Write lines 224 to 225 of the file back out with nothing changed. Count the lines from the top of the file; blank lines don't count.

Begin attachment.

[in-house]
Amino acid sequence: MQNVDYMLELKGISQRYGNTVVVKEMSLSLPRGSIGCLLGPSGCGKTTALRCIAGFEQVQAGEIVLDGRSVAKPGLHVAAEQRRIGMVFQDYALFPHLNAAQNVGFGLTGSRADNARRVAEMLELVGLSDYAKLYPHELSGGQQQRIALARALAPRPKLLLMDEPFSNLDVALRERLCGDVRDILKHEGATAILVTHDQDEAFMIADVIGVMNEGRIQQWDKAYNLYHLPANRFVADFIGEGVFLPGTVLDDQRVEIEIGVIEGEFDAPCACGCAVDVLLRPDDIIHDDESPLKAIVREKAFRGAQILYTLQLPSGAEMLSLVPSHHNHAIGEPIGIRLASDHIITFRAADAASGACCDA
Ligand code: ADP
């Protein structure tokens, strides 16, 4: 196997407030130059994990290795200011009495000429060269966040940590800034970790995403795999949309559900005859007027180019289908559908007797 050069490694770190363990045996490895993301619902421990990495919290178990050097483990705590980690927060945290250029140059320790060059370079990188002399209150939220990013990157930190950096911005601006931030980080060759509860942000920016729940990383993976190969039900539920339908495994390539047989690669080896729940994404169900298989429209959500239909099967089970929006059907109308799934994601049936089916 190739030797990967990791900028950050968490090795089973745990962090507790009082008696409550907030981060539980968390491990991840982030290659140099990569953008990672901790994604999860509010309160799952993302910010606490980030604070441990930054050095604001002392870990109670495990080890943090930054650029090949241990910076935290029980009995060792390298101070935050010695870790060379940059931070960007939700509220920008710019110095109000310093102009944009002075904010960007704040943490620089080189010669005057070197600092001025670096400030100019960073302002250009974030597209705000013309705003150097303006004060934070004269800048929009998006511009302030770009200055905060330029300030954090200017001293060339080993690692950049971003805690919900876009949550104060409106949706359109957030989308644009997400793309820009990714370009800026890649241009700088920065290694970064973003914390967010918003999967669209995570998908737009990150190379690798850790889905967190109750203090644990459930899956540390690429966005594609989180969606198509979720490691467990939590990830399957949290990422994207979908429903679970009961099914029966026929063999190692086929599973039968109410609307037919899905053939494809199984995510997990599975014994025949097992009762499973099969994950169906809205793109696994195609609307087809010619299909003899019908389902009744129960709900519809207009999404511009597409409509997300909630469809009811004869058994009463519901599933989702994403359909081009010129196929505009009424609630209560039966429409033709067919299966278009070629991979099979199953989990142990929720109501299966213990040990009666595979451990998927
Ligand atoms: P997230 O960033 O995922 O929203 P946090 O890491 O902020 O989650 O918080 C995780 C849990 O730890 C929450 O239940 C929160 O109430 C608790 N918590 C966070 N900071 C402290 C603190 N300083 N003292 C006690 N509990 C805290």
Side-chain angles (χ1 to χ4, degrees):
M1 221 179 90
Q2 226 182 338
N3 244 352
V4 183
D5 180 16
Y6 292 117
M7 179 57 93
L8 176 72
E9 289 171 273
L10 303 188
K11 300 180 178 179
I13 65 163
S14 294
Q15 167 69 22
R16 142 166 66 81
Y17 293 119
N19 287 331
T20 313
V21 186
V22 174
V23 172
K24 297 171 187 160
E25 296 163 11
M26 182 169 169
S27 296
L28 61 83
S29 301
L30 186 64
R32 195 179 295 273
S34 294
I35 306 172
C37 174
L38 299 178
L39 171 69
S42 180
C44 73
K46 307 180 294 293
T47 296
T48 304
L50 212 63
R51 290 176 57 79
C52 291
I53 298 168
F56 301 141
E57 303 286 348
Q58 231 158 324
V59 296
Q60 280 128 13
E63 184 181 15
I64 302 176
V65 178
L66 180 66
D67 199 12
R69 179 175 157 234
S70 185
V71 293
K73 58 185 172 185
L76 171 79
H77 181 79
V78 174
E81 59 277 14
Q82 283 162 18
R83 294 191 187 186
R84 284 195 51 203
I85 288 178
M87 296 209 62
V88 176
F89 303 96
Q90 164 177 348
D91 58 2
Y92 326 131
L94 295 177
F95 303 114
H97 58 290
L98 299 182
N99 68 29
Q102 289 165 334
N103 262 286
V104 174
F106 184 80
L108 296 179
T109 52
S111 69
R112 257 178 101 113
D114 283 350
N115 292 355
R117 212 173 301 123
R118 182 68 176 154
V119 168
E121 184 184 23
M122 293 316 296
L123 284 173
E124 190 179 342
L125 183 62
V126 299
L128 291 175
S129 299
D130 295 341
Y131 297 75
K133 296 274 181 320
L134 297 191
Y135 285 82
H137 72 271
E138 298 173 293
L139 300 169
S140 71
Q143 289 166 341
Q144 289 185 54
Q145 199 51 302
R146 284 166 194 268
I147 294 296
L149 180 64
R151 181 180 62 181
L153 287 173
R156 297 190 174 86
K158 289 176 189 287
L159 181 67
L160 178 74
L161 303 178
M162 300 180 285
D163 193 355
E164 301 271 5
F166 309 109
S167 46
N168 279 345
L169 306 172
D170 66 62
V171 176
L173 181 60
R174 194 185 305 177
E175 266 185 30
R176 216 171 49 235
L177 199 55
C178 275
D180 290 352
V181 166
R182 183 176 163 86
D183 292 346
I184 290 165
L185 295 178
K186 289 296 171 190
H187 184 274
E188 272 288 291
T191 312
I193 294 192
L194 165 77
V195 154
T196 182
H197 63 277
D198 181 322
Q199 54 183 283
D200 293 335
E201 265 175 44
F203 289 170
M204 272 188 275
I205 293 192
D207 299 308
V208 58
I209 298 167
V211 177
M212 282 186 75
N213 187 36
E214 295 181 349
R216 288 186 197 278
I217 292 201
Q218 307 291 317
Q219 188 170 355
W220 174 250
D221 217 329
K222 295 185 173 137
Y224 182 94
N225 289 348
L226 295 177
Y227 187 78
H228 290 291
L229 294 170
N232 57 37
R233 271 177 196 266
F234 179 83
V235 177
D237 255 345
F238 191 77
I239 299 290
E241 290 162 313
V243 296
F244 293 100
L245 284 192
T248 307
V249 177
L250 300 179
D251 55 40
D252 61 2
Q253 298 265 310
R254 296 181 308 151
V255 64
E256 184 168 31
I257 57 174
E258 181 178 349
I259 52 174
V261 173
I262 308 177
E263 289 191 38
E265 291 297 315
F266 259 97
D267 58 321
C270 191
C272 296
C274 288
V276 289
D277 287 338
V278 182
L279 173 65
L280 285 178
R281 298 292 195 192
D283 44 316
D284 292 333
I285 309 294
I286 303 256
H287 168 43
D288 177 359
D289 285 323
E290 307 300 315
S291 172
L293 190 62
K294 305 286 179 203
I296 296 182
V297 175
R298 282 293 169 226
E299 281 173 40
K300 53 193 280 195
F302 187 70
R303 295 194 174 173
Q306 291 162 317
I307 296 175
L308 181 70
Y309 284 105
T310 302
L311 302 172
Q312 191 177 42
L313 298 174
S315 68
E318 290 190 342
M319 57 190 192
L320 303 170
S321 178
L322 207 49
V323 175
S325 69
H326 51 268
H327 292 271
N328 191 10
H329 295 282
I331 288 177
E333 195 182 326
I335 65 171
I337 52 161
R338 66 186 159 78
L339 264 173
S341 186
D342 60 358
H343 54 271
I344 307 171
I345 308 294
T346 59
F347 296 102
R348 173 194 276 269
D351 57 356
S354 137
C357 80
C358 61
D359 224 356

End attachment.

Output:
I286 303 256
H287 168 43